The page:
The South West somehow needs to find its voice – and fast

Castle Bridge at Finzels Reach in Bristol.

It’s almost 10 years since I moved from Manchester to start a new life in the South West with my family.

I’ve spent time all over the region since 2010, working in every county. I love its culture, quality of life and the opportunities it has offered us.

The South West is an area of contrasts. It’s largely rural, with successful and sought-after cities like Exeter, Bath and Bristol. These cities are brilliant places to live and work, if you have the skills and experience to find employment there – and can afford somewhere to live.

Somerset, where I live, highlights the region’s contrasts. Many people know the county for Glastonbury festival and Europe’s largest construction project at Hinkley Point C, which is worth £50bn to the region over the coming decades. These are very different things, which together make Somerset an attractive destination for many.

There’s shed loads happening here, and we’re proud to play a part in some of this at Social since we set up in the South West. We’ve supported major developments in Bristol and Gloucester. And we helped the region’s nuclear industry raise its national and international profile.

It’s difficult to know if things would be better for us if we lived elsewhere. But, of all the places I’ve lived and worked, I wouldn’t want to be anywhere else.

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MEN’s ‘model newsroom’ makes more cuts

I was sorry to read today that the Manchester Evening News is making further cuts to its editorial team, with two of the city’s best known business journalists set to leave the paper.

Prolific North has reported that MEN business editor Kevin Feddy and his deputy Simon Donohue have been made redundant and could leave the paper as early as this month.

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Plagiarism plagues the press at all levels

Protest the Pope - 23 - Johann Hari vs Benedict
Johann Hari (Photo credit: lewishamdreamer)

The issue of journalists plagiarising content has hit the headlines recently, most notably with the Independent’s Johann Hari last year.

He was derided as the symbol of unethical journalism in the ‘cut and paste’ age for lifting passages from the work of others to embellish his copy. Having made a name for himself by criticising the wrongs of others, the industry was never going to give him a sympathetic hearing once he was found out.

I don’t have sympathy for him either, but the rest of the media is in no position to crow about this practice in my view; what, after all, does that make the press releases regularly published at all levels of the media?  It isn’t plagiarism in the sense that Hari’s activity was, sure. But it is little more than ‘cut and paste’ reporting in many respects.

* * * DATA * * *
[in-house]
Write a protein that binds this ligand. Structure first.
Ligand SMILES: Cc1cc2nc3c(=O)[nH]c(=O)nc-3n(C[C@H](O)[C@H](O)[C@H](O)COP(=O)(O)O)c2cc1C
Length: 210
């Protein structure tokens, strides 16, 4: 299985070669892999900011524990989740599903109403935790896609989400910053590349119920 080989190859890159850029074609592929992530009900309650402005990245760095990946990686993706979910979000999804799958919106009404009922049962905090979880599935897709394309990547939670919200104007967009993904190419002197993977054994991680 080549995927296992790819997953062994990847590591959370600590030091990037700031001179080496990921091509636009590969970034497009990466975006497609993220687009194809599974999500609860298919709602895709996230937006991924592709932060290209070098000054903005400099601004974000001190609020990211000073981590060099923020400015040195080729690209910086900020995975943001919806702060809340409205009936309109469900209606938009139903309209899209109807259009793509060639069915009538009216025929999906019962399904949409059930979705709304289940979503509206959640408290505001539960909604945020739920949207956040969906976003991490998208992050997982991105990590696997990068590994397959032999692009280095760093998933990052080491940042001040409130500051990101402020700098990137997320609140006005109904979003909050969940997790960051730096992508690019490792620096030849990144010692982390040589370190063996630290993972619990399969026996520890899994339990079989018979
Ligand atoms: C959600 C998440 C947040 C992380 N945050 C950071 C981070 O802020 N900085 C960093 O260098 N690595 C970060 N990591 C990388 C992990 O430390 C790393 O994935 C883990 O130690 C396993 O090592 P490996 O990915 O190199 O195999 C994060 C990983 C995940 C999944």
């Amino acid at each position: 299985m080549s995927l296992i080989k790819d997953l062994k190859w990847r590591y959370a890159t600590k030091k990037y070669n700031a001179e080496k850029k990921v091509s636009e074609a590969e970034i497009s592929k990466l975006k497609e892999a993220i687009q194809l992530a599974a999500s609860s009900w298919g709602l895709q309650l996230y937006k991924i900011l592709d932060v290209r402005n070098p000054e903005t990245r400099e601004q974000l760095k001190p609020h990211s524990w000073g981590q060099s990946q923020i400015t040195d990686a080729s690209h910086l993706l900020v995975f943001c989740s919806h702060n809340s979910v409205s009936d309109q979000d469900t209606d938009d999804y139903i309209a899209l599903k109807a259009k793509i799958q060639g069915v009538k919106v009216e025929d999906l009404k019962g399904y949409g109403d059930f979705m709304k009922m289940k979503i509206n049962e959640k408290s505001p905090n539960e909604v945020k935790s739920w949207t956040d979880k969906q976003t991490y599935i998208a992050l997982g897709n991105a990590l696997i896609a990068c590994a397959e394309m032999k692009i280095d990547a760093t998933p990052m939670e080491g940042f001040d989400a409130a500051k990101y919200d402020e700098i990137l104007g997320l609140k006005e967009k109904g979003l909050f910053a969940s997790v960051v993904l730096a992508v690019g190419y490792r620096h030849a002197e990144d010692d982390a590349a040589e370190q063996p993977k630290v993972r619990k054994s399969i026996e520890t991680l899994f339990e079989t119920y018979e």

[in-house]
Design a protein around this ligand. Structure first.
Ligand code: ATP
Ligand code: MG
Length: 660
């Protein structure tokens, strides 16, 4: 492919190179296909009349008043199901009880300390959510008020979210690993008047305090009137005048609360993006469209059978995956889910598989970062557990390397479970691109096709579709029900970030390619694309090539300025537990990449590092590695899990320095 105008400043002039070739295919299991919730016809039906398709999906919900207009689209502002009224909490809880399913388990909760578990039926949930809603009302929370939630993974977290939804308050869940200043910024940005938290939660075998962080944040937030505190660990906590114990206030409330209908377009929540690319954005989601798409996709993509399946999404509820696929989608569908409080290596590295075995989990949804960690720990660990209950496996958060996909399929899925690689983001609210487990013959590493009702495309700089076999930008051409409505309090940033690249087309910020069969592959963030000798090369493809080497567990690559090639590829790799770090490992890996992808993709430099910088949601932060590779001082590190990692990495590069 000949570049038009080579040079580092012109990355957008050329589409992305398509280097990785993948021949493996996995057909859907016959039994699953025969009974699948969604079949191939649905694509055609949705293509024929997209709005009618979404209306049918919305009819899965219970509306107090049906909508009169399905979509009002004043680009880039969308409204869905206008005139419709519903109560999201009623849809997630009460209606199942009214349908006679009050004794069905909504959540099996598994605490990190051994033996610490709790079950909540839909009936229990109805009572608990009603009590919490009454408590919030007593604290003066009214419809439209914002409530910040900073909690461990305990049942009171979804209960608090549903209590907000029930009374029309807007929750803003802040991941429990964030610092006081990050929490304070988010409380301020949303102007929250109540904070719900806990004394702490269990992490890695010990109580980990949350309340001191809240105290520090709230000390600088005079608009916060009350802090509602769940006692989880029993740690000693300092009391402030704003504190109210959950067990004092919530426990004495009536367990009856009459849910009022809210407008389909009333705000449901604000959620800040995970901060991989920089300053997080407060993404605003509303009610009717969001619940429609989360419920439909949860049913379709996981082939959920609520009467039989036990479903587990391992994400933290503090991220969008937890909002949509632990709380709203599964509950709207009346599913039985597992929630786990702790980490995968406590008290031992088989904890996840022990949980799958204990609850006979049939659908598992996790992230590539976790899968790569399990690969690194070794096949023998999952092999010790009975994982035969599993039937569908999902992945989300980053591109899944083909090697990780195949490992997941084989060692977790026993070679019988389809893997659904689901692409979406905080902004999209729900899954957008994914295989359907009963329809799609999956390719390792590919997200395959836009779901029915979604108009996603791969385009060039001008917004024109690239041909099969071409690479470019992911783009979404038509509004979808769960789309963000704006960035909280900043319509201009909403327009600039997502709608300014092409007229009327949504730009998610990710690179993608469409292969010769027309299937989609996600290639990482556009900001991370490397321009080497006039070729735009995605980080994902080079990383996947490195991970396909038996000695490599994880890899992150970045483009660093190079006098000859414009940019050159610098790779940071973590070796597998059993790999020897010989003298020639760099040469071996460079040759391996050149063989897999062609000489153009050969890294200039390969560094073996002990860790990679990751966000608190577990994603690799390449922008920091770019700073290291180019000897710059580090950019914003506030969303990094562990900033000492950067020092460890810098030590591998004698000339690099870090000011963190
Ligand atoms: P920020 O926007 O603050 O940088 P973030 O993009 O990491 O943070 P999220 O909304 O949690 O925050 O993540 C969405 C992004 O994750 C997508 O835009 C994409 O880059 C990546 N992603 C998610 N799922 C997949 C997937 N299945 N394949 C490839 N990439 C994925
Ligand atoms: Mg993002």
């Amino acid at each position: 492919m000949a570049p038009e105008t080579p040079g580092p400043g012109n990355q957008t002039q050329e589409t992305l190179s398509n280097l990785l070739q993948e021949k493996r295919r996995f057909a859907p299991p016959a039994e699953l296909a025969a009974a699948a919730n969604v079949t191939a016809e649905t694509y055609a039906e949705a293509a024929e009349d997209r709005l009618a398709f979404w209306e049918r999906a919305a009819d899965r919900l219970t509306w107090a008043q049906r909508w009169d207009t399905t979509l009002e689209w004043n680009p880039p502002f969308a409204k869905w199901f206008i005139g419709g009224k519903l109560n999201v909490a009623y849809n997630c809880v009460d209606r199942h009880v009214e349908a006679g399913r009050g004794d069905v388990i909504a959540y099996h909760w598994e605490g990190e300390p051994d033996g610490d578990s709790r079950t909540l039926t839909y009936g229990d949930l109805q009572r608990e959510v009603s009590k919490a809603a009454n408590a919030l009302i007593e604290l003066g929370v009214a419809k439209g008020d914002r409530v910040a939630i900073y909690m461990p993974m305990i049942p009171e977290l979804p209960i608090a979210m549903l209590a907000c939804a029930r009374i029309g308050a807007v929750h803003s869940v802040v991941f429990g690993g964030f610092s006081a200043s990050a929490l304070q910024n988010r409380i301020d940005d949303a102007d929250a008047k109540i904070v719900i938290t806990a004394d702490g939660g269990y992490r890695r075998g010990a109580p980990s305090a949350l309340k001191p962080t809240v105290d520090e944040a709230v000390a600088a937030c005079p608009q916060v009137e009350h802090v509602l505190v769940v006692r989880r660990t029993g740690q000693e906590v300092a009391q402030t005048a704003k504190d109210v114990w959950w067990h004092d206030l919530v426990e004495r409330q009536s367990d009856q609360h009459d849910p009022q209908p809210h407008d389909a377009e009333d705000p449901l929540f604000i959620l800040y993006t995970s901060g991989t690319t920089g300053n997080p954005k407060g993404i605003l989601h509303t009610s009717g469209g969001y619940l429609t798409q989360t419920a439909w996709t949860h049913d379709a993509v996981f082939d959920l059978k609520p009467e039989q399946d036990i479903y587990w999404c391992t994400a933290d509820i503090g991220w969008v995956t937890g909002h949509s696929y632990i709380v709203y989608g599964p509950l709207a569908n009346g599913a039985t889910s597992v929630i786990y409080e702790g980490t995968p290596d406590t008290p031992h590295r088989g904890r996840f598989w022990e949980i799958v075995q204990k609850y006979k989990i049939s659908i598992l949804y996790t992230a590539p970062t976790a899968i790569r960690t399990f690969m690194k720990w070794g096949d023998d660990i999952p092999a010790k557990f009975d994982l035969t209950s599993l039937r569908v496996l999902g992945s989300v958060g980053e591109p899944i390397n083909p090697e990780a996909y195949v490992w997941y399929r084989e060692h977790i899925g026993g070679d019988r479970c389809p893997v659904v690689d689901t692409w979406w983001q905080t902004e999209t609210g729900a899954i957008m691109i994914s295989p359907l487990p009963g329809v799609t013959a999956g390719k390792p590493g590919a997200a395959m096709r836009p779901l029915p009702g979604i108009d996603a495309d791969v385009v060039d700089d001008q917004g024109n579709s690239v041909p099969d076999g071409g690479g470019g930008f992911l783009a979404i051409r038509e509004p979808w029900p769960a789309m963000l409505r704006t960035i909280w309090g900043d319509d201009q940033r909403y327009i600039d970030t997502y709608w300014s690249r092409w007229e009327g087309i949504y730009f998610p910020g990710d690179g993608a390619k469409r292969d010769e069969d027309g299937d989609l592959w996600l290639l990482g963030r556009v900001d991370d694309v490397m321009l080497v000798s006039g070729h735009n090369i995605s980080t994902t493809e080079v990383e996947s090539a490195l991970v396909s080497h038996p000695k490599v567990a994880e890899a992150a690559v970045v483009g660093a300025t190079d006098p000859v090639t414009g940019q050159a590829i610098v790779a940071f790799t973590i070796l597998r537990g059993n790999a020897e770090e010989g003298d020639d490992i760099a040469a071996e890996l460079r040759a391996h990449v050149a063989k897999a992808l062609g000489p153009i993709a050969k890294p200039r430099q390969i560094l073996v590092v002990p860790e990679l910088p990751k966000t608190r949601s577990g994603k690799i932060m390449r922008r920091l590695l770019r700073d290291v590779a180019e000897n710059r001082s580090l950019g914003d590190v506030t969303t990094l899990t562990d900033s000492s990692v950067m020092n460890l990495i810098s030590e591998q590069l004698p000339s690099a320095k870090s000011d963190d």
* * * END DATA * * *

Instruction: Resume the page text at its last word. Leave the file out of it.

There are a couple of things recently that have brought this subject closer to home for me and added to my suspicion that this becoming more common.

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Digital ambition doesn’t hide bad headlines for local press

I can only imagine the reaction of former Johnson Press colleagues when absorbing recent messages from their chief executive Ashley Highfield about the future of the papers they work for.

The ambition to make local news a successful digital product has been talked about for more than a decade, but no regional publisher has yet to make money in this area. So one could be forgiven some scepticism when hearing lines about creating ‘platform neutral’ newsrooms. Mumsnet even gets a mention.

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‘Town hall pravdas’ or keeping people informed?

The recent decision by the Communities and Local Government Select Committee to reject Eric Pickles‘ proposals to restrict the publication of council newspapers has reopened a debate on the role such publications should play.

Waging war on council newsletters in London

In one corner is the Government, which is strongly critical of councils spending public funds on ‘town hall pravdas’ that they see as little better than propaganda magazines. They are supported by regional and local newspaper publishers who cite them as a threat to their businesses because some charge advertising revenue and publish weekly editions, putting them in direct competition with their papers. Publications like H&F News and East End Life (both published by London authorities) are cited of evidence of this trend.

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Tough times for former Sheffield colleagues

Bad news for Sheffield Star

A recent post by Jon Slattery has confirmed what I have been hearing about the continuing problems at my old employers, the Sheffield Star. He reports that staff are balloting to strike next week over plans to cut yet more editorial numbers from an already overstretched newsroom.

I left the paper in 2004, and ballots were taking place then (at that time, it was over pay: strike action was avoided). Nearly seven years and two editors later, it appears that conditions have got worse. Recent stories about painful cock-ups caused by a new production system (see picture, right) have added to the frustration.

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